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UN chief: Legal equality for women could take 300 years as backlash rises against women's rights

UNITED NATIONS (AP) — Legal equality for women could take centuries as the fight for gender equality is becoming an uphill struggle against widespread discrimination and gross human human rights abuses, the United Nations chief said on International Women’s Day.

Secretary-General Antonio Guterres told a packed U.N. commemoration Friday that “a global backlash against women’s rights is threatening, and in some cases reversing, progress in developing and developed countries alike.”

The most egregious example is in Afghanistan, he said, where the ruling Taliban have barred girls from education beyond sixth grade, from employment outside the home, and from most public spaces, including parks and hair salons.

At the current rate of change, legal equality for women could take 300 years to achieve and so could ending child marriage, he said.

Guterres pointed to “a persistent epidemic of gender-based violence,” a gender pay gap of at least 20%, and the underrepresentation of women in politics. He cited September’s annual gathering of world leaders at the U.N. General Assembly, where just 12% of the speakers were women.

“And the global crises we face are hitting women and girls hardest — from poverty and hunger to climate disasters, war and terror," the secretary-general said.

In the past year, Guterres said, there have been testimonies of rape and trafficking in Sudan, and in Gaza women women and children account for a majority of the more than 30,000 Palestinians reported killed in the Israeli-Hamas conflict, according to the Gaza Ministry of Health.

He cited a report Monday by the U.N. envoy focusing on sexual violence in conflict that concluded there are “reasonable grounds” to believe Hamas committed rape, “sexualized torture” and other cruel and inhumane treatment of women during its surprise attack in southern Israel on Oct. 7. He also pointed to reports of sexual violence against Palestinians detained by Israel.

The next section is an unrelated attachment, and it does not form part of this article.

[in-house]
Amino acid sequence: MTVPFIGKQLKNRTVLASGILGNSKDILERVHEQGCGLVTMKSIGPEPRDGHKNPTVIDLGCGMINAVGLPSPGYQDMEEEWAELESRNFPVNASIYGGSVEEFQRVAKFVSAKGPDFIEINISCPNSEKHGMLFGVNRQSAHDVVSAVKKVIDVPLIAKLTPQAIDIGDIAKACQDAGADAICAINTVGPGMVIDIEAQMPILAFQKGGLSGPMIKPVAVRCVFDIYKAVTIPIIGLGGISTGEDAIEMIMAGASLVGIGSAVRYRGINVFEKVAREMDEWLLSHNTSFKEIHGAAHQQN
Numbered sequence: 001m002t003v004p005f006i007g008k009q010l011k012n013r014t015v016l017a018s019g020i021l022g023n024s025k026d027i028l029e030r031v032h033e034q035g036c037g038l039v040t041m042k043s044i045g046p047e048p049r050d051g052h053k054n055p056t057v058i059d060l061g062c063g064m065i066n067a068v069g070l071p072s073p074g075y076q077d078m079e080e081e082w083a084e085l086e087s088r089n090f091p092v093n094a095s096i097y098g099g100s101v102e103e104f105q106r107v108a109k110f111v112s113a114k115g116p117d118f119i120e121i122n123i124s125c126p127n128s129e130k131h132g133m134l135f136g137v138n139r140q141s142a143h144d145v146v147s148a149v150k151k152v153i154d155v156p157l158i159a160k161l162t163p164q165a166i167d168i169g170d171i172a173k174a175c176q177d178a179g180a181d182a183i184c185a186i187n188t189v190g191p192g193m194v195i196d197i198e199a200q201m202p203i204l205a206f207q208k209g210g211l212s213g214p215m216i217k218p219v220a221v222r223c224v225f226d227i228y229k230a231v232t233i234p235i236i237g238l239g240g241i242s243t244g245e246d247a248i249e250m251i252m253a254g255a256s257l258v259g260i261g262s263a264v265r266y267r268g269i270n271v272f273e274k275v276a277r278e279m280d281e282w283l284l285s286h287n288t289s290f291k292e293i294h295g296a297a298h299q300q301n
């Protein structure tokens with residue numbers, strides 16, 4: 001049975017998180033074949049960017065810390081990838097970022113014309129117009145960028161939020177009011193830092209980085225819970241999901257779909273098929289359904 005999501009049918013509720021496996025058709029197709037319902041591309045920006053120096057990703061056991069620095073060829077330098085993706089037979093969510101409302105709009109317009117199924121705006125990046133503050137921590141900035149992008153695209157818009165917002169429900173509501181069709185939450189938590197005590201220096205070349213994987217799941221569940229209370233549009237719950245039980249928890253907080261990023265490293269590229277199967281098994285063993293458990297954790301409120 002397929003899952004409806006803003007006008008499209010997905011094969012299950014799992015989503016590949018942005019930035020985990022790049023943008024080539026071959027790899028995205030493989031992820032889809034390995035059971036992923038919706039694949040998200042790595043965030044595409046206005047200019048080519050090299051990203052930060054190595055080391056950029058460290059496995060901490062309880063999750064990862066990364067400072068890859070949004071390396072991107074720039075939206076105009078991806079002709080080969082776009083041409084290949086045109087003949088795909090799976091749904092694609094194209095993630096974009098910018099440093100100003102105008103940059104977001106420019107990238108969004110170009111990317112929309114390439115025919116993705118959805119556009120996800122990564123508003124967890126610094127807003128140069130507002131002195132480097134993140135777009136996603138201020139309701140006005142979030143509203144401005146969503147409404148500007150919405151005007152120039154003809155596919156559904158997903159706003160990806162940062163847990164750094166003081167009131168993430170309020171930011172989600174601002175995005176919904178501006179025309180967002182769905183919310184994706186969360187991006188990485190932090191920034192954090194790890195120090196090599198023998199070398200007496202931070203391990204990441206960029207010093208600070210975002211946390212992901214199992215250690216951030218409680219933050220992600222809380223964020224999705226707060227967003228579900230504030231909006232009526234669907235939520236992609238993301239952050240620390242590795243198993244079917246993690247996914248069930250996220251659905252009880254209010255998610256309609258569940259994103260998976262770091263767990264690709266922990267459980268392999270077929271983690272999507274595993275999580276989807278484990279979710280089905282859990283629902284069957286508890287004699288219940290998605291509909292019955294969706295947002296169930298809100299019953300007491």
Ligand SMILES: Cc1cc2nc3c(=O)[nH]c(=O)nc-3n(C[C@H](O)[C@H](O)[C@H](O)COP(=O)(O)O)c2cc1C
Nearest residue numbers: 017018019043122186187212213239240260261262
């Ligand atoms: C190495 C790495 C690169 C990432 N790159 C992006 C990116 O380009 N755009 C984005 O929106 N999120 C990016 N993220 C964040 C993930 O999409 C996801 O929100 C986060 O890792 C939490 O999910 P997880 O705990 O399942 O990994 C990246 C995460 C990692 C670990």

International Women’s Day grew out of labor movements in North America and across Europe at the turn of the 20th century and was officially recognized by the United Nations in 1977. This year’s theme is investing in women and girls to accelerate progress toward equality.

Roza Otunbayeva, the head of the U.N. political mission in Afghanistan, told the Security Council on Wednesday that what is happening in that country “is precisely the opposite” of investing in women and girls.

There is “a deliberate disinvestment that is both harsh and unsustainable,” she said, saying the Taliban’s crackdown on women and girls has caused “immense harm to mental and physical health, and livelihoods.”

Recent detentions of women and girls for alleged violations of the Islamic dress code “were a further violation of human rights, and carry enormous stigma for women and girls,” she said. It has had “a chilling effect among the wider female population, many of whom are now afraid to move in public,” she said.

Otunbayeva again called on the Taliban to reverse the restrictions, warning that the longer they remain, “the more damage will be done.”

Sima Bahous, the head of UN Women, the agency promoting gender equality and women’s rights, told the commemoration that International Women’s Day “sees a world hobbled by confrontation, fragmentation, fear and most of all inequality.”

“Poverty has a female face,” she said. “One in every 10 women in the world lives in extreme poverty.”

Men not only dominate the halls of power but they “own $105 trillion more wealth than women,” she said.

Bahous said well-resourced and powerful opponents of gender equality are pushing back against progress. The opposition is being fueled by anti-gender movements, foes of democracy, restricted civic space and “a breakdown of trust between people and state, and regressive policies and legislation,” she said.

“We all feel this pushback acutely,” Bahous said. “Our values and principles have never been as challenged as they are today.”

Guterres urged nations to prioritize equality for women and girls. He announced that the U.N. is launching a “Gender Equality Acceleration Plan” to support governments in designing and implementing policies and spending that respond to the needs of women and girls.

Bahous drew strong applause when she called for a humanitarian ceasefire in Gaza, which Guterres has long sought as well.

She also urged funding for women and girls, stressing that when this happens economies grow, governments thrive and peace is achieved sooner.

“But in spite of these clear facts, we continue to stubbornly invest in weapons more than we invest in women and girls,” Bahous said.